Sunday, 21 June 2009

Camino People - Rebekah Scott - The House of Welcome Moratinos

A life in the day of Rebekah Scott - The House of Welcome, Moratinos

Every year over 100,000 pilgrims walk to Santiago along one the many Camino routes. They experience a simpler way of life. Everything they need is on their backs. They carry few clothes and no luxuries. At the end of each day they enjoy simple, hearty meals often in the company of others they have met along the way. The Camino is time out of regular life into a world where needs are separated from wants by the weight in their rucksack.
In addition to hotels and hostals, pilgrims are supported by a network of albergues, which provide a bed and washing facilities. Many only ask for a donation, a donativo, or a small charge of a 3 euros. They are staffed by people who welcome and care for pilgrims. They are volunteers called hospitaleros.
Many pilgrims are envious of their way of life, living in Spain, working with and for pilgrims, doing something worthwhile.
I have yet to meet a pilgrim who hasn’t fantasised about giving it all up to move to Spain to live permanently and run an albergue.

Most don’t, but that’s exactly what Rebekah Scott and her husband Patrick did.

What's the story? Here are her answers to my questions:

Rebekah, how did you two meet? Where did the idea of living Spain come from? How did you do it?”

We both worked at The Toledo Blade newspaper in Toledo, Ohio, USA. Paddy and I both enjoyed Spain greatly, started keeping company, and vacationed in Spain together a time or two. When I made my camino in 2001, he stayed at my house and watched my then-teenage children. He saw the effect the Camino had on me, and went and walked it himself in 2002. In years since we became hospitaleros, and kicked around the idea of retiring to Spain someday... and after Patrick retired officially in 2003, (and we were married), we thought we´d look seriously at retiring to someplace on the Camino. The actual move took LOTS of courage, and years of planning, saving, and stripping away all the worldly goods accumulated over many years. In retrospect it was a perfect moment to retire from newspapers and the American economy in general! We sold the house in 2006, gave away almost everything, and came to Spain in June to start looking for a new place to be whilst hospitalero-ing in promising sites all over the caminos.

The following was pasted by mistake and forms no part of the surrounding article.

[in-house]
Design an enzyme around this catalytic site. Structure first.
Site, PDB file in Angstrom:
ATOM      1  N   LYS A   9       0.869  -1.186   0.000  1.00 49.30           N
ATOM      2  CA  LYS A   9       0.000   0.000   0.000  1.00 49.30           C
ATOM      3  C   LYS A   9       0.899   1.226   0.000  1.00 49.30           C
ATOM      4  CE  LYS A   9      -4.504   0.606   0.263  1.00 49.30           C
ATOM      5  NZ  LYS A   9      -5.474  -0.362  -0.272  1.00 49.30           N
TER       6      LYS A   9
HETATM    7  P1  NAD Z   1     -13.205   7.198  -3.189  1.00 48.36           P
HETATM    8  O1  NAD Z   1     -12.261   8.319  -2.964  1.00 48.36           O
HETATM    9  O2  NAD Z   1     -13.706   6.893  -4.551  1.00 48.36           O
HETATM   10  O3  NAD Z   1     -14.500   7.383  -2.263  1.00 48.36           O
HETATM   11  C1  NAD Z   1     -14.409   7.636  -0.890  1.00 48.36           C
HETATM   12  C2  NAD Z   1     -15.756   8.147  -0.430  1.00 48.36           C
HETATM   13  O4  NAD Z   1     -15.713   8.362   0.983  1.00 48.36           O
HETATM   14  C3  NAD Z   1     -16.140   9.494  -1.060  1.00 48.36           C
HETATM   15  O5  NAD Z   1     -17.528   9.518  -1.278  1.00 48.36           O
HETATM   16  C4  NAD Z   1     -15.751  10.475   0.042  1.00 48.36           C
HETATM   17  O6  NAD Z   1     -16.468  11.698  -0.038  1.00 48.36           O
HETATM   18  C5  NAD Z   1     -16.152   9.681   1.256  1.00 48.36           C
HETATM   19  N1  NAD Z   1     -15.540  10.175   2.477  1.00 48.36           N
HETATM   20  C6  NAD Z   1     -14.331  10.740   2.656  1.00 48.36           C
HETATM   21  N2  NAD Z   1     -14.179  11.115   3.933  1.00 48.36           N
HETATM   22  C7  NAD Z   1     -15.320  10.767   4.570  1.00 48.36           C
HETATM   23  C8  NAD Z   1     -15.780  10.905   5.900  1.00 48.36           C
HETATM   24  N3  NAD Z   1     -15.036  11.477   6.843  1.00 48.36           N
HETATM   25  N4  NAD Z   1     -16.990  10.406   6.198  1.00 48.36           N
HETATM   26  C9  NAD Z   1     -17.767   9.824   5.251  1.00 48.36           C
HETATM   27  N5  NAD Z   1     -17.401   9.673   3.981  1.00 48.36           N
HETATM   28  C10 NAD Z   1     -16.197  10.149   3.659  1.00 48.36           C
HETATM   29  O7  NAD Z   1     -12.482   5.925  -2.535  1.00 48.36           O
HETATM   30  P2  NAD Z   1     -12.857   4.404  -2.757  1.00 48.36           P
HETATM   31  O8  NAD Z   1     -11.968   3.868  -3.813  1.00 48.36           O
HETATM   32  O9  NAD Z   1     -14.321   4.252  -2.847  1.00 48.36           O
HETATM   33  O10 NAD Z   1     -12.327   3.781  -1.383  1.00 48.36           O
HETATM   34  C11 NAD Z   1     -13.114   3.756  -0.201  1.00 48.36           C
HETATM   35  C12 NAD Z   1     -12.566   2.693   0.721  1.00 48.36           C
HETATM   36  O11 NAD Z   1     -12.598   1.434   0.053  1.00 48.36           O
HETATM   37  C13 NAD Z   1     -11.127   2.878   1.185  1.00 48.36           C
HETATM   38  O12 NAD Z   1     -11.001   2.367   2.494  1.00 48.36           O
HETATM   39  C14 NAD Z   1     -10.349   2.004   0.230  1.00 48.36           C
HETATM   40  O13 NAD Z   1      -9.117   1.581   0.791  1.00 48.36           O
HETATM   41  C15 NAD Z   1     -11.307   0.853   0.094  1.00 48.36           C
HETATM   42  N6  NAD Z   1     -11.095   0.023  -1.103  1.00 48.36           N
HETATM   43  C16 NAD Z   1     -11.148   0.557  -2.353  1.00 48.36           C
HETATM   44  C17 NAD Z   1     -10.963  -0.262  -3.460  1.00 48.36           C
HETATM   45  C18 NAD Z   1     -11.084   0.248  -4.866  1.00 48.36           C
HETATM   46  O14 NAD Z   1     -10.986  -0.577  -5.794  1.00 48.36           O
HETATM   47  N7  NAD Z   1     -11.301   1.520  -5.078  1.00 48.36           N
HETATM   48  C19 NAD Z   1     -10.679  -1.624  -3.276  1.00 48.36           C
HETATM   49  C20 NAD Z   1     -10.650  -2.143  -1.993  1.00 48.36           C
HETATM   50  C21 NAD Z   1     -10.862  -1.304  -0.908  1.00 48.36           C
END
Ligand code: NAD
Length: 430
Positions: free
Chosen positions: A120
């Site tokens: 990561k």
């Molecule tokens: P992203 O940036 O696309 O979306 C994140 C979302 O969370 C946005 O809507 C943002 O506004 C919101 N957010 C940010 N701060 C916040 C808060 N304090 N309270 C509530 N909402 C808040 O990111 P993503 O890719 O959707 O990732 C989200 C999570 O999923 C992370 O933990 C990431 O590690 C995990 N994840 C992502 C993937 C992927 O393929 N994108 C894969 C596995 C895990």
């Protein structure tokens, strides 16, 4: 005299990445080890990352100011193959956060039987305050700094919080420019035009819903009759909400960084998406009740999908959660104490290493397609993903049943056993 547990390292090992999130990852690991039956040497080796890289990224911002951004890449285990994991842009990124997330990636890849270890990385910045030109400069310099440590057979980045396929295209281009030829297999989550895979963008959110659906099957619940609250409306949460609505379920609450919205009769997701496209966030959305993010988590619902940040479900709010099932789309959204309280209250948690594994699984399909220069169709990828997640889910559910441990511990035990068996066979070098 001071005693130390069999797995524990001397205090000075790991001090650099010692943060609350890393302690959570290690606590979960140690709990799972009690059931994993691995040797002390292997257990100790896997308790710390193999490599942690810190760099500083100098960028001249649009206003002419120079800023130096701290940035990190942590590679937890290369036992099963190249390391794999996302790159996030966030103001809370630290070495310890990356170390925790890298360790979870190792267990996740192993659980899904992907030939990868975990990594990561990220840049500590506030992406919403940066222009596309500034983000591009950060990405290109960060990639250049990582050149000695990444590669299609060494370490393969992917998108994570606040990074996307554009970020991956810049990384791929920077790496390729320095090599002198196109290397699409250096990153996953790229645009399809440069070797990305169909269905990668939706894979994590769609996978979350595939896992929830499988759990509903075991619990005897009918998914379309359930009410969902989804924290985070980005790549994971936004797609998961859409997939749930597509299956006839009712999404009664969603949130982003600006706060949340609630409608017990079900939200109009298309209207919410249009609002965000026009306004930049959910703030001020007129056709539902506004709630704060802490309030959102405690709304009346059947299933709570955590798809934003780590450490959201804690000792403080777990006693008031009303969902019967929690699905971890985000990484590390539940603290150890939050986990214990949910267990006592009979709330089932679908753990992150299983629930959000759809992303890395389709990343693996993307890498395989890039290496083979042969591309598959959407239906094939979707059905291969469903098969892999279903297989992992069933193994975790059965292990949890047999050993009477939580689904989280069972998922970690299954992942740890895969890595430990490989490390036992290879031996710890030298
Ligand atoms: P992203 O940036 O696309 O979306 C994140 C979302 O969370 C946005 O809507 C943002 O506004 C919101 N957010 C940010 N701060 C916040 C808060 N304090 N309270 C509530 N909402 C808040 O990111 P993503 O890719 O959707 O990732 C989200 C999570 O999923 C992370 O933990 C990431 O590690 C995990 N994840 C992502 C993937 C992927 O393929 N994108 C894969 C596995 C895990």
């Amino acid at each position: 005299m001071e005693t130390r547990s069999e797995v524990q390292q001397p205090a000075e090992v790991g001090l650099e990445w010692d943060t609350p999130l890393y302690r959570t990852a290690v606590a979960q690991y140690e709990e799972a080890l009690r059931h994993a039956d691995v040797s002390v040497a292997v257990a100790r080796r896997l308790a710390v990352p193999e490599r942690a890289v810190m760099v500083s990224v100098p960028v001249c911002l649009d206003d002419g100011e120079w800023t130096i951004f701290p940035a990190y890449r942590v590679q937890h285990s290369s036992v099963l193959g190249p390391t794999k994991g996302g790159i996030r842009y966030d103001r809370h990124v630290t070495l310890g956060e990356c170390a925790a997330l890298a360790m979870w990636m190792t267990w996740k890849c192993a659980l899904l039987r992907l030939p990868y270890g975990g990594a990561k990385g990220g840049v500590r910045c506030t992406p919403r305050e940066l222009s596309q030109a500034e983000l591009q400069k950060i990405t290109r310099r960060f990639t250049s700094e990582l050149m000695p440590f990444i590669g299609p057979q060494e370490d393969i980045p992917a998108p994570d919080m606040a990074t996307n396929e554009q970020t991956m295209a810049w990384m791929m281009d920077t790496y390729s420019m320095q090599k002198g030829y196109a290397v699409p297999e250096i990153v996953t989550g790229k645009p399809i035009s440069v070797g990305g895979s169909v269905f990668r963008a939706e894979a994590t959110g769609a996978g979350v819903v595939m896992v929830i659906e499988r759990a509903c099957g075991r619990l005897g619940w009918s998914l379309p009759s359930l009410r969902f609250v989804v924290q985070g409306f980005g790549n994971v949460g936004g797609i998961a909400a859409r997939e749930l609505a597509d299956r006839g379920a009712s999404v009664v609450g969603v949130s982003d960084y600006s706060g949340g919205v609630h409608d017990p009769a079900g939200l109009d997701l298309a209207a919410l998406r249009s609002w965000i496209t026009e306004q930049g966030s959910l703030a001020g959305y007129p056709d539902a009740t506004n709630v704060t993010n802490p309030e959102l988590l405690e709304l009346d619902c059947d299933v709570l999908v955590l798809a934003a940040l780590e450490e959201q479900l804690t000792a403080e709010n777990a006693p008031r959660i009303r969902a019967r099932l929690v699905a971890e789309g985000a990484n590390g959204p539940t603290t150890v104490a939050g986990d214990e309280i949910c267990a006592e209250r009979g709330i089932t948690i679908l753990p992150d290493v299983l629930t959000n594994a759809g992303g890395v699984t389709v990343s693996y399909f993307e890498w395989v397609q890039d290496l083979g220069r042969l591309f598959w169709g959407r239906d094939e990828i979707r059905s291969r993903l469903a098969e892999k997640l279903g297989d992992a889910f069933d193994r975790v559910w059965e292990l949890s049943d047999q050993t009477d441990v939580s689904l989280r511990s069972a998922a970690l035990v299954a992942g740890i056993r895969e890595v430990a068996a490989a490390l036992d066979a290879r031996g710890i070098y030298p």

We found Moratinos via an Irish couple who were hoping to open an albergue here. We came to visit them that summer, but they weren´t home. The townspeople were still very welcoming, and invited us to their fiesta the following month... We came. And that´s when one of the families said they had a finca for sale on the edge of town. And Et Voila!

It took almost two years, a million tears and gray hairs, and many thousands of Euros to make the place into what we (thought we) wanted. It was basically a barn and sheep-fold compound that hadn´t been lived-in for two decades. Now it´s a nice, almost-American style house with room for six guests and two hermits.

How did the villagers react to you two? Was "integration" a slow process? How long will you be "outsiders"?

We were welcomed wonderfully from our first day visiting here. The story is long and touching, and I hope to write it into a book sometime soon... We continue to integrate, and are now listed as one of the town´s eight “households,” and as such have responsibilities and rights and a voice in town meetings. We provide needed services in the town, (including plenty of comic relief!), we party and are invited to parties, we are seen working hard around the place and we have a wifi access open to all. We will always be “outsiders” in some peoples´eyes. A woman from the next village who called us “foresteros” was corrected immediately, told that “no estan foresteros... ellos son vecinos!”

Could you say a little bit more about your vision for the place? If it isn't an albergue how do people get there?